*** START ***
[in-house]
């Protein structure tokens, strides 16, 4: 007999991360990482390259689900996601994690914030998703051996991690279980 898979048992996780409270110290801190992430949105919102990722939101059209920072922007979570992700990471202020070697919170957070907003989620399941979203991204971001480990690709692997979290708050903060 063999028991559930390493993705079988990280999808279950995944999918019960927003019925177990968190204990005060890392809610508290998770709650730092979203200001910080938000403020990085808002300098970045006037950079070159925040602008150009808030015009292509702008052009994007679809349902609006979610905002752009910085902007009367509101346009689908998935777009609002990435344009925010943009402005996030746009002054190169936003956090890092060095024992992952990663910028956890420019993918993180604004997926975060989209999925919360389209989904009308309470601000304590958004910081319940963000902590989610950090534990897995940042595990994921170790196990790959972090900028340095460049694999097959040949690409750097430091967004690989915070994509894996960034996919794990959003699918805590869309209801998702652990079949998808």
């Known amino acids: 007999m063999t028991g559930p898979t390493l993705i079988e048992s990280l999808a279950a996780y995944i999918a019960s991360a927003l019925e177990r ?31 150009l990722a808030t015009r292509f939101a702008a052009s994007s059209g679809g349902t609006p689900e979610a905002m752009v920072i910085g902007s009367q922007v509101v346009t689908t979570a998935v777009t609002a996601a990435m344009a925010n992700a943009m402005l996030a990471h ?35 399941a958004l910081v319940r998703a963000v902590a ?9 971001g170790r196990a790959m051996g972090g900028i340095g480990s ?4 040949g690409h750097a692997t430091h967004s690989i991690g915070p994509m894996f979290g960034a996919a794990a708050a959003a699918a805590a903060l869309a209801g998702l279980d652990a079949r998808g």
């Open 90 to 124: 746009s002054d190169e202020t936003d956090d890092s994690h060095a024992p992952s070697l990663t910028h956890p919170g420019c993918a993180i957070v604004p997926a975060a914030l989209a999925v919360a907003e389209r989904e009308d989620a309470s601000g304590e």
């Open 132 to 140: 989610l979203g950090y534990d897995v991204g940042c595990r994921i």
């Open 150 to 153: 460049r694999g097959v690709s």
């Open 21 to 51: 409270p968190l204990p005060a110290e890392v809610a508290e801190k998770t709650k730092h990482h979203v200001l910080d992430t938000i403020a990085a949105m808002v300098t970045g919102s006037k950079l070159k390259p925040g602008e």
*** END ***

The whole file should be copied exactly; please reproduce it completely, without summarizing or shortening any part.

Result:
[in-house]
């Protein structure tokens, strides 16, 4: 007999991360990482390259689900996601994690914030998703051996991690279980 898979048992996780409270110290801190992430949105919102990722939101059209920072922007979570992700990471202020070697919170957070907003989620399941979203991204971001480990690709692997979290708050903060 063999028991559930390493993705079988990280999808279950995944999918019960927003019925177990968190204990005060890392809610508290998770709650730092979203200001910080938000403020990085808002300098970045006037950079070159925040602008150009808030015009292509702008052009994007679809349902609006979610905002752009910085902007009367509101346009689908998935777009609002990435344009925010943009402005996030746009002054190169936003956090890092060095024992992952990663910028956890420019993918993180604004997926975060989209999925919360389209989904009308309470601000304590958004910081319940963000902590989610950090534990897995940042595990994921170790196990790959972090900028340095460049694999097959040949690409750097430091967004690989915070994509894996960034996919794990959003699918805590869309209801998702652990079949998808």
């Known amino acids: 007999m063999t028991g559930p898979t390493l993705i079988e048992s990280l999808a279950a996780y995944i999918a019960s991360a927003l019925e177990r ?31 150009l990722a808030t015009r292509f939101a702008a052009s994007s059209g679809g349902t609006p689900e979610a905002m752009v920072i910085g902007s009367q922007v509101v346009t689908t979570a998935v777009t609002a996601a990435m344009a925010n992700a943009m402005l996030a990471h ?35 399941a958004l910081v319940r998703a963000v902590a ?9 971001g170790r196990a790959m051996g972090g900028i340095g480990s ?4 040949g690409h750097a692997t430091h967004s690989i991690g915070p994509m894996f979290g960034a996919a794990a708050a959003a699918a805590a903060l869309a209801g998702l279980d652990a079949r998808g």
């Open 90 to 124: 746009s002054d190169e202020t936003d956090d890092s994690h060095a024992p992952s070697l990663t910028h956890p919170g420019c993918a993180i957070v604004p997926a975060a914030l989209a999925v919360a907003e389209r989904e009308d989620a309470s601000g304590e």
């Open 132 to 140: 989610l979203g950090y534990d897995v991204g940042c595990r994921i």
């Open 150 to 153: 460049r694999g097959v690709s």
């Open 21 to 51: 409270p968190l204990p005060a110290e890392v809610a508290e801190k998770t709650k730092h990482h979203v200001l910080d992430t938000i403020a990085a949105m808002v300098t970045g919102s006037k950079l070159k390259p925040g602008e």